“At first I put down six sacks and five forced fumbles,” Quinn said. “I think the past three or four weeks, I bumped it up to seven sacks and six forced fumbles. In the back of my head, I’m like, ‘OK, Rob. You only have one today. We’ve got six more to get.’”
He got only one sack Sunday against Chicago, but Quinn made it count. Quinn’s hit jarred the ball loose from pesky Bears quarterback Josh McCown. Quinn picked it up and raced 31 yards for his first NFL touchdown late in the fourth quarter, adding exclamation points to a 42-21 Rams victory.
That’s two games in a row that a Quinn sack/fumble has resulted in a touchdown. In the first quarter in Indianapolis, Long scooped up a loose ball caused by a Quinn sack and ran in for a score.
“Robert reminds me so much of Osi Umenyiora in the same developmental stage,” said Waufle, who coached Umenyiora with the New York Giants. “And Osi leads the NFL in the last few years as far as causing fumbles. Once he caught onto, it just became a big part of his game.
“And that’s what I’m most proud of with Robert, that he’s been able to get the ball out. Our biggest problem was that we weren’t picking it up and scoring. So we worked on that pretty hard.”
Judging by the last two games, the hard work has paid off.
The same could be said for Quinn’s NFL career to date. He has come a long way since that 2011 training camp as a rookie.
“When Robert showed up, he wasn’t in great shape,” Devaney said. “His body was a disaster. But he had a great supporting cast around of high-character, hard workers. And he does now. He’s got some good players around that play with a lot of energy.”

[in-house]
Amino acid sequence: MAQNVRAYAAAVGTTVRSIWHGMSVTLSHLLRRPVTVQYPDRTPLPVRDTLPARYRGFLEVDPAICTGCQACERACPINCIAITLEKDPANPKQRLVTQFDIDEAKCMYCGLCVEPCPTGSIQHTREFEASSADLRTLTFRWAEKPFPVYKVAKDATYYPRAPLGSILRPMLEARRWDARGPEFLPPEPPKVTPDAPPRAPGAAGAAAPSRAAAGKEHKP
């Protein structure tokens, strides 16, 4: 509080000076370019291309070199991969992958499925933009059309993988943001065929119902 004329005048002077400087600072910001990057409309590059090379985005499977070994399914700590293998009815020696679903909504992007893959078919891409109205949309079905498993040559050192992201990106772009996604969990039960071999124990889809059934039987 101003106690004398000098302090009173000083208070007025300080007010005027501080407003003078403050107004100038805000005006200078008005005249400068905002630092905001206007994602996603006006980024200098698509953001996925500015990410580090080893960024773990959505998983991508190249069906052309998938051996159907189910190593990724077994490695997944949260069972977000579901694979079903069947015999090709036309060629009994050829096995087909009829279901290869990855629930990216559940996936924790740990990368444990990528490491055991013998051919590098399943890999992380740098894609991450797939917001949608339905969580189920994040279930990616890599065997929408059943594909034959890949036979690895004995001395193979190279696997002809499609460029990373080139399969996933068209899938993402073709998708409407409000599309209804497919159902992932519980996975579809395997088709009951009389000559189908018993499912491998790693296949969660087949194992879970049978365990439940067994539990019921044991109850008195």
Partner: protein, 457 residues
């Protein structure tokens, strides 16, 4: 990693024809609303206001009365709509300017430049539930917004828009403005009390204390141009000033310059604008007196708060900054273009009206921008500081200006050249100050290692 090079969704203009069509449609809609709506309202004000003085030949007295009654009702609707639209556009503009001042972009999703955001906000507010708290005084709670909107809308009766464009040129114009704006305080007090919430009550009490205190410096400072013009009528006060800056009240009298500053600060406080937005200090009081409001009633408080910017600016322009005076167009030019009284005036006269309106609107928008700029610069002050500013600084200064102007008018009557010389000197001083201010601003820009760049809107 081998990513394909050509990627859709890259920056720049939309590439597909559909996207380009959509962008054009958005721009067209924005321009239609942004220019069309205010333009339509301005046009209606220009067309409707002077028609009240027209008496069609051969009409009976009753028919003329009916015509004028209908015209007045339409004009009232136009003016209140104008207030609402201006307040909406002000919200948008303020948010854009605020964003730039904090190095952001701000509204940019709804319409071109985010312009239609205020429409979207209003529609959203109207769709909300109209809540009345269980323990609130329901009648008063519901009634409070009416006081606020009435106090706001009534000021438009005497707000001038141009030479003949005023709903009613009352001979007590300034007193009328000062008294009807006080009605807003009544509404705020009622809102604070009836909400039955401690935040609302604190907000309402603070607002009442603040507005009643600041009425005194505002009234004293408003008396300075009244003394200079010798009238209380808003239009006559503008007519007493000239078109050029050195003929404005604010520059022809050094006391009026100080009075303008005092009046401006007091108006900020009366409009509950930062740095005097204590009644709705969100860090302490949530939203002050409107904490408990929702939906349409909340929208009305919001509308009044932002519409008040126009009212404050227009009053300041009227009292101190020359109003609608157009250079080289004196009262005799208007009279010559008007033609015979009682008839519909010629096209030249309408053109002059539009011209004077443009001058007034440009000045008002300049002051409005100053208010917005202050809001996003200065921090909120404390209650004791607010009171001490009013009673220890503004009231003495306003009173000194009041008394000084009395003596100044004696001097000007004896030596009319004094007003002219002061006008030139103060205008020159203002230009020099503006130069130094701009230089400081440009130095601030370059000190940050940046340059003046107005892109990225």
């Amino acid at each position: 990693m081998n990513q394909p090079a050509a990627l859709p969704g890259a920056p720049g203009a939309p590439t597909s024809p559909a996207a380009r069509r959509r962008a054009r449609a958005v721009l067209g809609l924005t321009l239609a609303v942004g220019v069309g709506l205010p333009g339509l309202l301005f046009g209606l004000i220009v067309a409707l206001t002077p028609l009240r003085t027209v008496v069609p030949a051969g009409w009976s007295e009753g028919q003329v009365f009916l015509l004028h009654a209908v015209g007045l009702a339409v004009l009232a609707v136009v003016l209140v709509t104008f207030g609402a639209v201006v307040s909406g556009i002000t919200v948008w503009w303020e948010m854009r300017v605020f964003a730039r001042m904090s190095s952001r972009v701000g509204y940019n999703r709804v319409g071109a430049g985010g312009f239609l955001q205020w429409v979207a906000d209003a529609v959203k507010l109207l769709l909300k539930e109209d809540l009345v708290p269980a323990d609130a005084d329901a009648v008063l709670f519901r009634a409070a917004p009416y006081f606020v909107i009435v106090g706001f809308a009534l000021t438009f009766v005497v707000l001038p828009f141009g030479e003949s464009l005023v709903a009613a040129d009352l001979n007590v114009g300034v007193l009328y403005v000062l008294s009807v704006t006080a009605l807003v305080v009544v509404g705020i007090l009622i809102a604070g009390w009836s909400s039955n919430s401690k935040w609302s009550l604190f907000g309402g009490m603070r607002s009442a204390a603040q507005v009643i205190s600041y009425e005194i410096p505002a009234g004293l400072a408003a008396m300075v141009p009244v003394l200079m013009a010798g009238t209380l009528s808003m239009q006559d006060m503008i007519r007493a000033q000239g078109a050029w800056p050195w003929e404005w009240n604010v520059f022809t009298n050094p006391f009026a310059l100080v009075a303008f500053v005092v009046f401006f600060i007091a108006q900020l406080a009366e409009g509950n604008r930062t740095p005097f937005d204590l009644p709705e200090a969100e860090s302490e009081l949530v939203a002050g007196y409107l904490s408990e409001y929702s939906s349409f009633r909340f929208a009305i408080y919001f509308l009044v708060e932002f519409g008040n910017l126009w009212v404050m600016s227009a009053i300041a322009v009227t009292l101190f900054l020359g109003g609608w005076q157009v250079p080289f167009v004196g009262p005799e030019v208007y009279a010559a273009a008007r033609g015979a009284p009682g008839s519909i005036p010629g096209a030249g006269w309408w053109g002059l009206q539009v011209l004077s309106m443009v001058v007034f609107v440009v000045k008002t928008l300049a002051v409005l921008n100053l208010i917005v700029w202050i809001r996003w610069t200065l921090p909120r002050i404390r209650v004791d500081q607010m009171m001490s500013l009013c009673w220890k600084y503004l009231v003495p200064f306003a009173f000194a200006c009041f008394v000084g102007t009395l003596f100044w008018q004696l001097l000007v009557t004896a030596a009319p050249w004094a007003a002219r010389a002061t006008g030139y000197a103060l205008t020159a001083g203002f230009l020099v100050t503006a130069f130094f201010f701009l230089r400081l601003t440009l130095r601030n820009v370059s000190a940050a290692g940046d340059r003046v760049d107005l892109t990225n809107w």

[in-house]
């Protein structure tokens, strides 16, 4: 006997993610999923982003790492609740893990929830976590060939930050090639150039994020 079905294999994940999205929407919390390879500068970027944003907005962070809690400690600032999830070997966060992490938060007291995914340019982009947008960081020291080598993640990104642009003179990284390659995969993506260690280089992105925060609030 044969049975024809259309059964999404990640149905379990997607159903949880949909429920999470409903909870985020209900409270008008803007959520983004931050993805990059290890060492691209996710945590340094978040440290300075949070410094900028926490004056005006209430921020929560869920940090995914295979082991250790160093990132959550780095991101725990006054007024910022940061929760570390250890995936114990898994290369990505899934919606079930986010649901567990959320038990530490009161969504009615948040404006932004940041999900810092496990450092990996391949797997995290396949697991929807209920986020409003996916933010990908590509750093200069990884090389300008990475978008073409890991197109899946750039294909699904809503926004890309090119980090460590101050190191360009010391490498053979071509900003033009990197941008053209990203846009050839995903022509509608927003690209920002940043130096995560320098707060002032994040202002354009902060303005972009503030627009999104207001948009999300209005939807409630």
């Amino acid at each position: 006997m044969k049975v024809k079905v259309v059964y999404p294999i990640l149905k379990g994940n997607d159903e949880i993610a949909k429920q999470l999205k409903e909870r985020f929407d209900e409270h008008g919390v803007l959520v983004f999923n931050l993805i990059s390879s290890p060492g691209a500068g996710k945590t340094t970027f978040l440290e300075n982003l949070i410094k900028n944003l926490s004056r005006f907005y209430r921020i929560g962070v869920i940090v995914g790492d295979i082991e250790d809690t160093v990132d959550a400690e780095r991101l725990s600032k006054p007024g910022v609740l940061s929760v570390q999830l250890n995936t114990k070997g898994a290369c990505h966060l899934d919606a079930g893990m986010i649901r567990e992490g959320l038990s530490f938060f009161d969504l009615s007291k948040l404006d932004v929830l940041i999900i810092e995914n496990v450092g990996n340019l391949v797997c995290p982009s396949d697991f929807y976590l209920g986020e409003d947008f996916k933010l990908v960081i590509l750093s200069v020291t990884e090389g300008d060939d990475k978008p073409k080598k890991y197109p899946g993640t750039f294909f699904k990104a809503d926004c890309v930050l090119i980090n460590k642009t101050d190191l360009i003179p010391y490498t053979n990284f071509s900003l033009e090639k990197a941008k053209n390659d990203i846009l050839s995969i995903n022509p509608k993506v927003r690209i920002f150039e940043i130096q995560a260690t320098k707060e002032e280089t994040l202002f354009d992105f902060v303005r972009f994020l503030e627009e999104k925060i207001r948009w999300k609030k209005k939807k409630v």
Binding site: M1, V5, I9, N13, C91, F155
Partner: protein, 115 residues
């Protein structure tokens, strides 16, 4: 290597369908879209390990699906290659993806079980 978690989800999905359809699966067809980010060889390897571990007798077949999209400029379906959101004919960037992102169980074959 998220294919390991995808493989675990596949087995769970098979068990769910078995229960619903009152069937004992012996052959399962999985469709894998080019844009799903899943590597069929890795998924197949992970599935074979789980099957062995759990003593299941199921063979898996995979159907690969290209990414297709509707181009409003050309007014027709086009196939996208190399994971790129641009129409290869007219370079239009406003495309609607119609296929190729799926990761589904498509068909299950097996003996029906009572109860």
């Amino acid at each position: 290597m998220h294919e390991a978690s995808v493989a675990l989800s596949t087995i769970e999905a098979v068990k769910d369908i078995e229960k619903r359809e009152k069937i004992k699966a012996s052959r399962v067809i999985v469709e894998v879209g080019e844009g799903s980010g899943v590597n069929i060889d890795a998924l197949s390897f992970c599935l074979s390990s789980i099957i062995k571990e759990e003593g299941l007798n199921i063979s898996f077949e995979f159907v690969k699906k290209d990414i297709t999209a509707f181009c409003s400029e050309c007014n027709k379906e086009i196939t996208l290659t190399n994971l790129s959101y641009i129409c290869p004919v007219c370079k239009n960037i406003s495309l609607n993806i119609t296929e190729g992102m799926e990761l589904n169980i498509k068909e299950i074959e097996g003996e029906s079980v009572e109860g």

Devaney mentioned Long, Laurinaitis, Michael Brockers, and Williams Hayes as examples. He also tipped his hat to good coaching. But at the end of the day, it’s Quinn who has had to do it — on the practice field, in the weight room, and especially on game day.
“I give Robert a ton of credit for putting himself in the position he’s in right now,” Devaney said.
And at 23, he’s just getting started.Clannie Nominee for ClanRam's Thickest Poster
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Re: No bust, all boom for Quinn
Credit Devaney for recognizing this guy's potential. For all the failings of the past regime, there were a few quality guys drafted and/or acquired. Quinn is certainly one of them and is having an unbelievable season. If he isn't all-pro this year, there should be a federal investigation.
Re: No bust, all boom for Quinn
So proud of Rob. He's worked hard and its clearly noticeable when you see how good he has been in the run game. He's the most complete and dominant DE in the league today. I am not afraid to say it. He's the most dominant defensive player in the league after JJ Watt.
Re: No bust, all boom for Quinn
JJ Watt was practically invisible in the game against the Rams. Quinn may not be the best defensive player in the league right now, but he sure is close if he isnt.
ramming speed to all